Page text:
The museum has “representative examples of probably all the most well-known Latin American artists,” said Michele Greet, who serves on the museum’s advisory board and teaches at George Mason University. “They have wonderful pieces by Roberto Matta, by Wilfredo Lam, by Amelia Pelaez, Pettoruti.”

While the OAS, and its predecessor the Pan-American Union, has invested in culture for years, it clearly has pressing concerns beyond the value of its art, which makes the parent-child relationship all the more incongruous. Over the years, the group has made a Cold War-era pledge to fight communism, responded to regional coups d’etat and human-rights issues and established free trade within the Americas.

“If you compare art right now to security, for instance, usually people are going to put more attention into security,” said Alfonso Quiñónez, secretary for external relations of the OAS. “But if you put it into the right context, where you can have art and culture as a mechanism for social cohesion, that makes it a very important part of what we’re trying to achieve in terms of security or development or democracy.”

The museum itself was an instrument of diplomacy when it opened in 1976, a gift from the Latin American nations to the United States on the occasion of the bicentennial of the Declaration of Independence. Yet the collection started growing long before that. In 1946, Jose Gomez-Sicre, the Cuban protege of Alfred Barr Jr., the first director of the Museum of Modern Art, joined the Pan-American Union’s visual arts unit. Gomez-Sicre was an imposing man, both in stature and demeanor, who had a gift for spotting artistic up-and-comers. At a time when few museums were displaying Latin American art, Gomez-Sicre traveled widely to seek out hidden talent, according to Alejandro Anreus, who chairs the art department at William Paterson University in New Jersey and started his career as an archivist assistant at the Art Museum of the Americas in 1979.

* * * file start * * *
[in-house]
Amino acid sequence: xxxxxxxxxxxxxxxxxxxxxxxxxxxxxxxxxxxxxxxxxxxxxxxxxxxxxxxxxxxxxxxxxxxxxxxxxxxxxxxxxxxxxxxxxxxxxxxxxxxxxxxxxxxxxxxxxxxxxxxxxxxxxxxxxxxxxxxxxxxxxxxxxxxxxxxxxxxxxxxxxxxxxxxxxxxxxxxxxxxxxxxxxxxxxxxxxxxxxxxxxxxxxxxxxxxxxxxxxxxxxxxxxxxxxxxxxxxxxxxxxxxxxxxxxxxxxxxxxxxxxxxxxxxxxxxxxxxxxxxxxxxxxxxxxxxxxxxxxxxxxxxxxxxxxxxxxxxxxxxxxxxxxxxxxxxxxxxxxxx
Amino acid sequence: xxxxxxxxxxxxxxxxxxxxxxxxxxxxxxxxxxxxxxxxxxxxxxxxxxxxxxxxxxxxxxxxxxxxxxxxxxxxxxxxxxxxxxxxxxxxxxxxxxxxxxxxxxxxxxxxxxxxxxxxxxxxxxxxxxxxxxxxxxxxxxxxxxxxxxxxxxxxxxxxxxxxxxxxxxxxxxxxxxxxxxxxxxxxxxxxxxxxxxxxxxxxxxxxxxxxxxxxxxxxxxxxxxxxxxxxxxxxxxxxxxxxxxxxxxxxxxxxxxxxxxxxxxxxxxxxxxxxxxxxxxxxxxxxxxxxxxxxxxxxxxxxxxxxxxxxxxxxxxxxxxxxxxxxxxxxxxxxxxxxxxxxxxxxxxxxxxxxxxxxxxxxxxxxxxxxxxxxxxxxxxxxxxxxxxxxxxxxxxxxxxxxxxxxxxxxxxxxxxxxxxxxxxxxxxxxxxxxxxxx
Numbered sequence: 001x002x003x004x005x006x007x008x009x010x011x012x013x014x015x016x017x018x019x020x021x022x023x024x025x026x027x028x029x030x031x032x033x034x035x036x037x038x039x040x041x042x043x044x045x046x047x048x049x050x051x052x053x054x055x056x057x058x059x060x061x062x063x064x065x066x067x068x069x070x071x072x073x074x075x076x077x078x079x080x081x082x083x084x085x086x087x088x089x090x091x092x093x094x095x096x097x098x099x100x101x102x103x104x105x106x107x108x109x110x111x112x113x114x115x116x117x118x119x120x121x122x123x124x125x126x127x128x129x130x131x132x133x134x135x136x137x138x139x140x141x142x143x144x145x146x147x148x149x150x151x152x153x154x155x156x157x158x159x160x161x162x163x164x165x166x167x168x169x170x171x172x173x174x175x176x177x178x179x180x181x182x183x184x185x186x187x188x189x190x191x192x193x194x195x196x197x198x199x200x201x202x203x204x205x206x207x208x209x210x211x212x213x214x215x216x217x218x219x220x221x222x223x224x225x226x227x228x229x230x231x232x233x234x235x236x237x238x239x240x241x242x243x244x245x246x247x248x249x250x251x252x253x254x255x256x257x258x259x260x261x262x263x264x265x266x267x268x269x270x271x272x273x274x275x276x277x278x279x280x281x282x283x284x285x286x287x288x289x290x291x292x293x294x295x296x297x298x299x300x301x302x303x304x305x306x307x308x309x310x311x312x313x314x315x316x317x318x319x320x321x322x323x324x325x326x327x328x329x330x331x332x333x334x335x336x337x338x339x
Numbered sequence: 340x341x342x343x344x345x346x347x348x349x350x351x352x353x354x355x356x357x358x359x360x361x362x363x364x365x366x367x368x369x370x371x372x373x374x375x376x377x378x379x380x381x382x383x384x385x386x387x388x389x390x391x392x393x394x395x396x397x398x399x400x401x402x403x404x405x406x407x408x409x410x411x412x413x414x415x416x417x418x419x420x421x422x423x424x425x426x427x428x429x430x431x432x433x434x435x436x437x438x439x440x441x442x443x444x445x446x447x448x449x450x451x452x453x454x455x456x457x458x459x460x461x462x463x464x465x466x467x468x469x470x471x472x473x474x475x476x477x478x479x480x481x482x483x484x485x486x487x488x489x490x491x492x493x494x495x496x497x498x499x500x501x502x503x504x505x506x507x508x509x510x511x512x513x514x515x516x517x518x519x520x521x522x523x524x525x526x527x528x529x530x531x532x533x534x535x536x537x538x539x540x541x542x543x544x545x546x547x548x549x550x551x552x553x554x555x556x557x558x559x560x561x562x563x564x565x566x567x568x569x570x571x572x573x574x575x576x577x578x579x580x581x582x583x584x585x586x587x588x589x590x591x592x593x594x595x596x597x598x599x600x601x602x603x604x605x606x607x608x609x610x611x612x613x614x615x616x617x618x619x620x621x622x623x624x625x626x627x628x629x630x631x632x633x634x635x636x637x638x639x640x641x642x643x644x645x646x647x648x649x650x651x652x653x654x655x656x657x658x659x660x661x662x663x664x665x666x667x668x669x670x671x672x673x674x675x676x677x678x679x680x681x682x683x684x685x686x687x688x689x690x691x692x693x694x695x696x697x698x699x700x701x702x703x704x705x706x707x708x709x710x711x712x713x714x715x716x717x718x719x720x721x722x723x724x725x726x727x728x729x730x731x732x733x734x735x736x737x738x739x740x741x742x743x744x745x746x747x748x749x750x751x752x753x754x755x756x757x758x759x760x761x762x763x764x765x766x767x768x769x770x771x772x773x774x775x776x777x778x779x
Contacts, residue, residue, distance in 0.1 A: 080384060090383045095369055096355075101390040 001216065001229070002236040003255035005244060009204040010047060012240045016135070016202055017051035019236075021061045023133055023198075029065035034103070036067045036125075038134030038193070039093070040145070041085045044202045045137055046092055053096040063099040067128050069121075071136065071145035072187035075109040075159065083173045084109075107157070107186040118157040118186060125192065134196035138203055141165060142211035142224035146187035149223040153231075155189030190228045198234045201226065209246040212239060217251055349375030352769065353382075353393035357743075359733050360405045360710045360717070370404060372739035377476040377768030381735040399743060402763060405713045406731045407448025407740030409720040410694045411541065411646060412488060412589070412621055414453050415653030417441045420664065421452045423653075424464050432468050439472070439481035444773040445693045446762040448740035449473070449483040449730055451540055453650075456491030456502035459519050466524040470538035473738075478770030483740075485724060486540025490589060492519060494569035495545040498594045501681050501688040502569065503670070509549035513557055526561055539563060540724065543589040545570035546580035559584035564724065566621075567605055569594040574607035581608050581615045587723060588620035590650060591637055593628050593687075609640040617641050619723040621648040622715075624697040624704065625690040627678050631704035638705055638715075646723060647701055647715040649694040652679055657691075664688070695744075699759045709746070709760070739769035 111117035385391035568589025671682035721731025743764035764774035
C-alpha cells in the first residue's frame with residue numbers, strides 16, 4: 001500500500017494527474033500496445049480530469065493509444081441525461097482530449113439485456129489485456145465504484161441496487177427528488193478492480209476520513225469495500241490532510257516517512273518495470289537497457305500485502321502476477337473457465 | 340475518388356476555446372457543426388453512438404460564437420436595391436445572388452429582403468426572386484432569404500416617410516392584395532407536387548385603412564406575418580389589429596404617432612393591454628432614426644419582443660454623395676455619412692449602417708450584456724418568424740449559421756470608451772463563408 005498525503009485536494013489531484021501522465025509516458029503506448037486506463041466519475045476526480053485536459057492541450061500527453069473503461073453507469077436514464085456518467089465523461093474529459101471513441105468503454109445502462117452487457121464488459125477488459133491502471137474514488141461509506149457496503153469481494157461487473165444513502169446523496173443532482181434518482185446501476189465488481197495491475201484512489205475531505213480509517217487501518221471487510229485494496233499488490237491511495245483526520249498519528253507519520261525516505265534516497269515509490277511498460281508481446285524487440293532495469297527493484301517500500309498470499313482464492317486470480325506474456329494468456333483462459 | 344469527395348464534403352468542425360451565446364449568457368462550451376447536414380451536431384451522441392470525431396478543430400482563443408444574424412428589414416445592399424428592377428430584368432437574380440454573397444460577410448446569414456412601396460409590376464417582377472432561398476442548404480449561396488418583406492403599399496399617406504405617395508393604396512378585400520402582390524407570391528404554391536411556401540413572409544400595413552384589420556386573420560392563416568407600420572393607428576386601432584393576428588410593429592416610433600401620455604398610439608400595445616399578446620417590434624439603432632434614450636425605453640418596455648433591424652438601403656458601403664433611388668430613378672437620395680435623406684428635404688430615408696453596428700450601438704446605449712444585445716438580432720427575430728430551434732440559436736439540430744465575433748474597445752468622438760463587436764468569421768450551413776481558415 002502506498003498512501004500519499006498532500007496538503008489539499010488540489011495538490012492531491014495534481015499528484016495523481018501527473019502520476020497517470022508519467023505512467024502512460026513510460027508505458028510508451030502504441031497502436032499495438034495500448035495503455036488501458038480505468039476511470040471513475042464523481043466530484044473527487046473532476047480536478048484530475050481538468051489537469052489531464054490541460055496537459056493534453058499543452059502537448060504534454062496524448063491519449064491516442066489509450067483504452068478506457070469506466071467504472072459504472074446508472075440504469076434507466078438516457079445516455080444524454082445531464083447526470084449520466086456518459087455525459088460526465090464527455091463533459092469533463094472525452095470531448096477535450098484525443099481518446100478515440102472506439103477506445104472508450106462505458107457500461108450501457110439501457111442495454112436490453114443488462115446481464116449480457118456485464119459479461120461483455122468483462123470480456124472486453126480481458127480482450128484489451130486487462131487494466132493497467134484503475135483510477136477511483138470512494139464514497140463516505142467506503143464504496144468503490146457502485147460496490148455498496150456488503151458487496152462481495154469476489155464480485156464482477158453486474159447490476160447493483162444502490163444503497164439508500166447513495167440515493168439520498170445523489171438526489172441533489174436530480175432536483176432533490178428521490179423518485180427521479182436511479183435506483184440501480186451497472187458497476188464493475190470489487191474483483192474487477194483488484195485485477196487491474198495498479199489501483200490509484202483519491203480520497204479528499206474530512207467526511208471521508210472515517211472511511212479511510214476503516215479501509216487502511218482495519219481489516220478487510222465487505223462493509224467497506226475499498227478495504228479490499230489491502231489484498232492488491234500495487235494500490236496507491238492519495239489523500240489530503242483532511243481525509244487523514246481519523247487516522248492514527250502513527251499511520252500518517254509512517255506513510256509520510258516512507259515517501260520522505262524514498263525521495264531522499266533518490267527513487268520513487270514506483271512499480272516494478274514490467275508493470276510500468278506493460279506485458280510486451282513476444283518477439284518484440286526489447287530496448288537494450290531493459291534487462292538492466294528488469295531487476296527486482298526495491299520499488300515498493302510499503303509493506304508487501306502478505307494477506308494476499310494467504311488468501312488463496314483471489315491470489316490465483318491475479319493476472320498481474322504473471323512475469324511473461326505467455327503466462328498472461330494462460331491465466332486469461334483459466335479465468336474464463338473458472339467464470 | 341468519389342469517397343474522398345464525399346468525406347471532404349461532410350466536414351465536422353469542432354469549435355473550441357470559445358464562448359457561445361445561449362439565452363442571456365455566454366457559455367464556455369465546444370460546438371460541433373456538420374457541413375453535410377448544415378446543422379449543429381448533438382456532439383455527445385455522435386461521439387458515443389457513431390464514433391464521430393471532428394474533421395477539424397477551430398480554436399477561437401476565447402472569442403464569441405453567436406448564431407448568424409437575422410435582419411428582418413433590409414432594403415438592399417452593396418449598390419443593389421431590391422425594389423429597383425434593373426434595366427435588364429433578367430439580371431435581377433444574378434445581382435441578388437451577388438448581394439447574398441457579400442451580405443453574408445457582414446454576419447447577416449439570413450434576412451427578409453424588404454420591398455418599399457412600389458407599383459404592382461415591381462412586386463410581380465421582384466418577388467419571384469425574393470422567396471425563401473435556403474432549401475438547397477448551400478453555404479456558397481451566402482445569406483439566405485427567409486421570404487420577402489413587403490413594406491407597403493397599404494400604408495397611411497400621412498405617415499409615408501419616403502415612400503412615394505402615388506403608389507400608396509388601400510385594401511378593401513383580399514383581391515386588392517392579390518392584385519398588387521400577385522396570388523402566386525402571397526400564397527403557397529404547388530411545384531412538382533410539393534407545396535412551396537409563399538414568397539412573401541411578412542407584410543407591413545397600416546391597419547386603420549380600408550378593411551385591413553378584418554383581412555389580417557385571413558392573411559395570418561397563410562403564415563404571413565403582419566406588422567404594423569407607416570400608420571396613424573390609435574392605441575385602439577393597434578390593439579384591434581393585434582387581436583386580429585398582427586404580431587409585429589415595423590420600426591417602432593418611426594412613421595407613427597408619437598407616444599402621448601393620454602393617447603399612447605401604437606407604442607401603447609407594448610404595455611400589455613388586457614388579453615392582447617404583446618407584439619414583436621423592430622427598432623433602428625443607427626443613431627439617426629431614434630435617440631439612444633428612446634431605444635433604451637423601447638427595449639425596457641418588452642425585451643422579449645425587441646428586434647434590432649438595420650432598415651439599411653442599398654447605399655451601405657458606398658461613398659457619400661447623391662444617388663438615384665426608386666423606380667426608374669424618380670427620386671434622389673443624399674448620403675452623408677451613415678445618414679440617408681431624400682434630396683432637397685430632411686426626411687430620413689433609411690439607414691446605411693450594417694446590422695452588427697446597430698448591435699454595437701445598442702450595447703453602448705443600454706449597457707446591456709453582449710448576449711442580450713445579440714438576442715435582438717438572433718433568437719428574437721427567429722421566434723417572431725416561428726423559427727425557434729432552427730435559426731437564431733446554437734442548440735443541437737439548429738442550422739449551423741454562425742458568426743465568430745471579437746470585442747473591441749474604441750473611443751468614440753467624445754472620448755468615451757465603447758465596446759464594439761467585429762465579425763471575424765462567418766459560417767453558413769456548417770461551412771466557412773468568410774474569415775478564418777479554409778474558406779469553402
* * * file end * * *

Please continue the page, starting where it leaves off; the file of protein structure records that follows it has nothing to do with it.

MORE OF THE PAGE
“He promoted Latin American art in the U.S., I think, more than anybody,” Anreus said. “He went everywhere to lecture, organized exhibitions. He knew museum directors and got them to buy work like [Jose Luis] Cuevas, [Alejandro] Otero, [Alejandro] Obregon, the artists that today are household names in the history of modern art.”

He also brought his new discoveries back to the Pan-American Union and, later, the Art Museum of the Americas, giving them their first solo shows in the United States. The artists left pieces of their work with Gomez-Sicre out of gratitude. With a small acquisitions budget — in the $2,000 range annually from the 1950s until the 1980s — the OAS managed to acquire its collection through donations from grateful artists and collectors because of Gomez-Sicre’s far reach and connections, which extended to the Rockefeller family.

In fact, the centerpiece of “Constellations,” Joaquin Torres-Garcia’s arresting pictograph-inspired abstraction “Constructive Composition,” was a gift from philanthropist and politician Nelson Rockefeller. The Uruguayan artist’s “Grafismo Universal” recently sold at auction for $1.4 million.